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Contents

- 1 12. Correlation vs Causation
- 1.1 01 Correlation And Causation
- 1.2 02 Mortality
- 1.3 03 Mortality Solution
- 1.4 04 Deciding
- 1.5 05 Deciding Solution
- 1.6 06 Assuming Causation
- 1.7 07 Considering Health
- 1.8 08 Considering Health Solution
- 1.9 09 Correlation 1
- 1.10 10 Correlation 1 Solution
- 1.11 11 Correlation 2
- 1.12 12 Correlation 2 Solution
- 1.13 13 Correlation 3
- 1.14 14 Correlation 3 Solution
- 1.15 15 Causation Structure
- 1.16 16 Fire Correlation
- 1.17 17 Fire Correlation Solution
- 1.18 18 Fire Causation
- 1.19 19 Fire Causation Solution
- 1.20 20 Assignment

Awhile back I've told you about the Simpson's paradox and it wassurprising how easy it was to draw the false conclusion from data.Today I will give you a deep insight of the common mistakes that's being madein interpreting statistical data by confusing correlation with causation.I'll show you example where data is correlatedand why it's tempted to confuse correlation with causation.So both of those are words that start with a C and very frequently I read newspaper articlesthat deeply confuse both the relationship of correlation and causation--so let's dive in.

Suppose you are sick,and you wake up with a strong painin the middle of the night.You so sick that you fear you might die,but you're not sick enough not to applythe lessons of my Statistics 101 classto make a rational decision whether to go to the hospital.And in doing so, you consult the titer.You find that in your town, over the last year,40 people were hospitalizedof which 4 passed away.Whereas the vast part of the populationof your town never went to the hospital,and of those, 20 passed away at home.So compute for me the percentagesof the people who died in the hospitaland the percentage of the people who died at home.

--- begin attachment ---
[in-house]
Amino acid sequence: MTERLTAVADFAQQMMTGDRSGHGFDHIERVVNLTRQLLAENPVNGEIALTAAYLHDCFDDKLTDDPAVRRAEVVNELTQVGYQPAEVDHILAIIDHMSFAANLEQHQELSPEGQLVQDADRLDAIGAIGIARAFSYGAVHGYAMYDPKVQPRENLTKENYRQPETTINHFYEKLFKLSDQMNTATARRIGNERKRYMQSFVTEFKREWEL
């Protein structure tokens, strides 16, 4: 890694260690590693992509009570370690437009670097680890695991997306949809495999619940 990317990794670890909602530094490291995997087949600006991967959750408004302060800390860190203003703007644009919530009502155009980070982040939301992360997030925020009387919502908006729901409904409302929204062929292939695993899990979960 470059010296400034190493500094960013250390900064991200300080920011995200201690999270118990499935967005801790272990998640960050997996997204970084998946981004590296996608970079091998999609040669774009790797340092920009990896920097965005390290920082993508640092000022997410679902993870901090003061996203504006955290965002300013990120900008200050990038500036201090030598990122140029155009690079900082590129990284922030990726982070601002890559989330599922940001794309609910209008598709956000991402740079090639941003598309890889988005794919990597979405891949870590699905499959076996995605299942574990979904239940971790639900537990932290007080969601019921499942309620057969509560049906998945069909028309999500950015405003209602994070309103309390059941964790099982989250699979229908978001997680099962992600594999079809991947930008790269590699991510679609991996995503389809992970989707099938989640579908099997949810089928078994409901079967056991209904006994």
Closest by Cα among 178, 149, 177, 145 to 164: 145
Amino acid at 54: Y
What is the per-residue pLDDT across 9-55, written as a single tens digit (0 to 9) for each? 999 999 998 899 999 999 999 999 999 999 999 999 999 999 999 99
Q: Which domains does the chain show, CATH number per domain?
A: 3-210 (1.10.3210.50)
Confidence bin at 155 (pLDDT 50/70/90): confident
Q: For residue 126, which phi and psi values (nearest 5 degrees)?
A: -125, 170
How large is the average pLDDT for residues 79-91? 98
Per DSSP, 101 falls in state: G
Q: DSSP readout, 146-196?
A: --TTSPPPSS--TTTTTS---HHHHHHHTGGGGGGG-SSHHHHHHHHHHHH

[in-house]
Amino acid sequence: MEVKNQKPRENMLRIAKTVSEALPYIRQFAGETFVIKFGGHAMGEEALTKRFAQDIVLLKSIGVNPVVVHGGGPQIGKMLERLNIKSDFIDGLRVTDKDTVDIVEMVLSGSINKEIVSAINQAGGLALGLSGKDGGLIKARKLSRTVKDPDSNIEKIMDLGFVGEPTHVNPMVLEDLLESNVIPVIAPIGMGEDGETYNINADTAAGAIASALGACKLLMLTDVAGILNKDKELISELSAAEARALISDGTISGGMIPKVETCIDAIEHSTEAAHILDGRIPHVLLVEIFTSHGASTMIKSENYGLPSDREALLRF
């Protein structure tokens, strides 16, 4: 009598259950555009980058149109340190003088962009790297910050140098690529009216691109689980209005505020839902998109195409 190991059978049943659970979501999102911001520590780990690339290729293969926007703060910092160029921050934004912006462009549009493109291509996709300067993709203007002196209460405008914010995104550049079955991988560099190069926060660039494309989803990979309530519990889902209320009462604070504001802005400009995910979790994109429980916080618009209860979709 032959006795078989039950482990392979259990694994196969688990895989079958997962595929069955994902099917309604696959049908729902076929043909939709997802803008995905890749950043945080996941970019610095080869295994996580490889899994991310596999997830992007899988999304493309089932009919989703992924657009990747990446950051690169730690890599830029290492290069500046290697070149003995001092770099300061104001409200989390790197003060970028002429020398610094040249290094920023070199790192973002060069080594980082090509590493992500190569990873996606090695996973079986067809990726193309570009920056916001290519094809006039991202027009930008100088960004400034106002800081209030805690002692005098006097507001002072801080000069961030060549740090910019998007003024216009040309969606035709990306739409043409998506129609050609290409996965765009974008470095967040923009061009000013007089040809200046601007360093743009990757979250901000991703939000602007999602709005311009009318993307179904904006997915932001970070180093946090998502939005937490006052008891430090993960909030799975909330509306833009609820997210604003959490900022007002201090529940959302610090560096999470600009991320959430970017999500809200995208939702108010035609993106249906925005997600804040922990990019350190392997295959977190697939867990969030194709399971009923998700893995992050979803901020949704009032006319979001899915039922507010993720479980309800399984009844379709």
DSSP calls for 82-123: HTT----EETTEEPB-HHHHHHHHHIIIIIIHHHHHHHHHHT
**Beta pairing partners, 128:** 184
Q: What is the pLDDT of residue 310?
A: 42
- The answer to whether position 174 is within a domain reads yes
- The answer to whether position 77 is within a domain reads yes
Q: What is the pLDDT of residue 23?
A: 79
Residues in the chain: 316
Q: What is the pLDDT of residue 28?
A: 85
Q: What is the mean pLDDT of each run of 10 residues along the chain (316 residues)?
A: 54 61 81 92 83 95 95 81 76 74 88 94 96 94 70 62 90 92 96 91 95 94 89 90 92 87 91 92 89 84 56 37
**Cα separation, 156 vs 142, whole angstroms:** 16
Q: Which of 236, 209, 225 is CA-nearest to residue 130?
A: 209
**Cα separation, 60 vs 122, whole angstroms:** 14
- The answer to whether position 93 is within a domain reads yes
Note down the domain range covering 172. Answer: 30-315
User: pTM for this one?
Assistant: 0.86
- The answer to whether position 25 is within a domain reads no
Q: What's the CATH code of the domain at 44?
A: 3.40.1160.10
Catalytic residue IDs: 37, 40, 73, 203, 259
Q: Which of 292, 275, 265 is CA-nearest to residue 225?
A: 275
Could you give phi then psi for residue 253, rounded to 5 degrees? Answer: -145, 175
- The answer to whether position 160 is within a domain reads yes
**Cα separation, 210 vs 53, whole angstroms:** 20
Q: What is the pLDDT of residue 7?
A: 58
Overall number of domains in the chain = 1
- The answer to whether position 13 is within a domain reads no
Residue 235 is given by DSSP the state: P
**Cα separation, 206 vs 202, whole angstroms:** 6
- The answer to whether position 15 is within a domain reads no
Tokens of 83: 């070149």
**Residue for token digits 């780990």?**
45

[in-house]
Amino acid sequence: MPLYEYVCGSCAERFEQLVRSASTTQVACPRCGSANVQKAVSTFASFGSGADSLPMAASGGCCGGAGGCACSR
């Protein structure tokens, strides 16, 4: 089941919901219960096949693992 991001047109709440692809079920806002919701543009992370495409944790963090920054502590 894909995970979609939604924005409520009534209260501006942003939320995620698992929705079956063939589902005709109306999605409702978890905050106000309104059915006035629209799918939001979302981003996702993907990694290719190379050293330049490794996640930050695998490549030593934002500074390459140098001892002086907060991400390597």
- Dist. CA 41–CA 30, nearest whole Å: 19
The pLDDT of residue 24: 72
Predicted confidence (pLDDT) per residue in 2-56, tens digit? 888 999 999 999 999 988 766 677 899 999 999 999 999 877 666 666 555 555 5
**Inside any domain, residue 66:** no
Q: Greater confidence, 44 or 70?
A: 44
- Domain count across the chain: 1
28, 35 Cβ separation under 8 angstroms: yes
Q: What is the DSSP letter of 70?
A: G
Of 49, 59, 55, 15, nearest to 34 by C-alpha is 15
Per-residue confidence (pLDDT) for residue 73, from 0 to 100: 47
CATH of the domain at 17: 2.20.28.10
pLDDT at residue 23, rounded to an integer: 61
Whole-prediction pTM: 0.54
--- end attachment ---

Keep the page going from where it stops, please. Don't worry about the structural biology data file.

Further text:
And the answer is quite obviously 10%of the people in the hospital died, 4 over 40,whereas only 2.5% of the people at home passed away.

Now I offer these as a fictitious example – theseare relativelylarge numbers. But what’s important to noticeis the chances of dying in a hospital are 40times as large than dying at home. Thatmeans whether you die or not is correlatedto whether or not you are in a hospital. Sothe chances of dying in a hospital are indeed40 times larger than at home. So let me askthe critical question. Shall you now stay athome, given that you are a really smartstatistics student, can you resist the temptationto go to the hospital because indeed itmight increase your chances of passing away.

And realize both answers count, but clearly the correctanswer is no. You should go to the hospital.Hospitals don’t cause sick people to die.I know that there has been lots of studiesthat show if a perfectly healthy person goesto a hospital, they might actually catch adisease there but hospitals have a reason,they want to cure people. Why is thisinteresting? Because based on the correlationdata, it seems that being in a hospital makesyou 40 times as likely to die than being athome but that doesn’t mean by staying athome, you reduce your chances of dyingSo this is a statement of correlation.